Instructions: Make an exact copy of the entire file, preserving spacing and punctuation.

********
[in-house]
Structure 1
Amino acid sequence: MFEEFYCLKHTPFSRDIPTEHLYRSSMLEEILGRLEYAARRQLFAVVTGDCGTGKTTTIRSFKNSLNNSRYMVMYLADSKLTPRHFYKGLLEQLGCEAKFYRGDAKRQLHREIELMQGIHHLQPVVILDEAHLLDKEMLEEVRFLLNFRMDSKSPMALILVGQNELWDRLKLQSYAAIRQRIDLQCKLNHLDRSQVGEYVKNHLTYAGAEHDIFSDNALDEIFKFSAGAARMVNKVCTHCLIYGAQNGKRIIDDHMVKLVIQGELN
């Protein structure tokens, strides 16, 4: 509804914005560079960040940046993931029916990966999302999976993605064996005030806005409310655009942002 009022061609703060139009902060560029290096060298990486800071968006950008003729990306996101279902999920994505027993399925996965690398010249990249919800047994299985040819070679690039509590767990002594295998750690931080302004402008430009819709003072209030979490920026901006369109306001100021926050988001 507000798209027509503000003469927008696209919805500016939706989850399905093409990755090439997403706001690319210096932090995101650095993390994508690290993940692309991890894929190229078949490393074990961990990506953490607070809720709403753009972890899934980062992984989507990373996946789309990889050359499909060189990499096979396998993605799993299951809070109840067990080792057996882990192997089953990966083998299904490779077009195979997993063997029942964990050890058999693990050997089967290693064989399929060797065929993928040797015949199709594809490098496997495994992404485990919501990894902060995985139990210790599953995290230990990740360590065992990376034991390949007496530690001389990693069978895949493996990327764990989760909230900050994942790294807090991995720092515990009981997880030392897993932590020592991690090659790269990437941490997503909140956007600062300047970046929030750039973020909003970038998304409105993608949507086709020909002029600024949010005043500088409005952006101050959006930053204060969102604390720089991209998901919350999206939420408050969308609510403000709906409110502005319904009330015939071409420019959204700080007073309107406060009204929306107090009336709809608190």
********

[in-house]
Structure 1
Amino acid sequence: MFEEFYCLKHTPFSRDIPTEHLYRSSMLEEILGRLEYAARRQLFAVVTGDCGTGKTTTIRSFKNSLNNSRYMVMYLADSKLTPRHFYKGLLEQLGCEAKFYRGDAKRQLHREIELMQGIHHLQPVVILDEAHLLDKEMLEEVRFLLNFRMDSKSPMALILVGQNELWDRLKLQSYAAIRQRIDLQCKLNHLDRSQVGEYVKNHLTYAGAEHDIFSDNALDEIFKFSAGAARMVNKVCTHCLIYGAQNGKRIIDDHMVKLVIQGELN
């Protein structure tokens, strides 16, 4: 509804914005560079960040940046993931029916990966999302999976993605064996005030806005409310655009942002 009022061609703060139009902060560029290096060298990486800071968006950008003729990306996101279902999920994505027993399925996965690398010249990249919800047994299985040819070679690039509590767990002594295998750690931080302004402008430009819709003072209030979490920026901006369109306001100021926050988001 507000798209027509503000003469927008696209919805500016939706989850399905093409990755090439997403706001690319210096932090995101650095993390994508690290993940692309991890894929190229078949490393074990961990990506953490607070809720709403753009972890899934980062992984989507990373996946789309990889050359499909060189990499096979396998993605799993299951809070109840067990080792057996882990192997089953990966083998299904490779077009195979997993063997029942964990050890058999693990050997089967290693064989399929060797065929993928040797015949199709594809490098496997495994992404485990919501990894902060995985139990210790599953995290230990990740360590065992990376034991390949007496530690001389990693069978895949493996990327764990989760909230900050994942790294807090991995720092515990009981997880030392897993932590020592991690090659790269990437941490997503909140956007600062300047970046929030750039973020909003970038998304409105993608949507086709020909002029600024949010005043500088409005952006101050959006930053204060969102604390720089991209998901919350999206939420408050969308609510403000709906409110502005319904009330015939071409420019959204700080007073309107406060009204929306107090009336709809608190």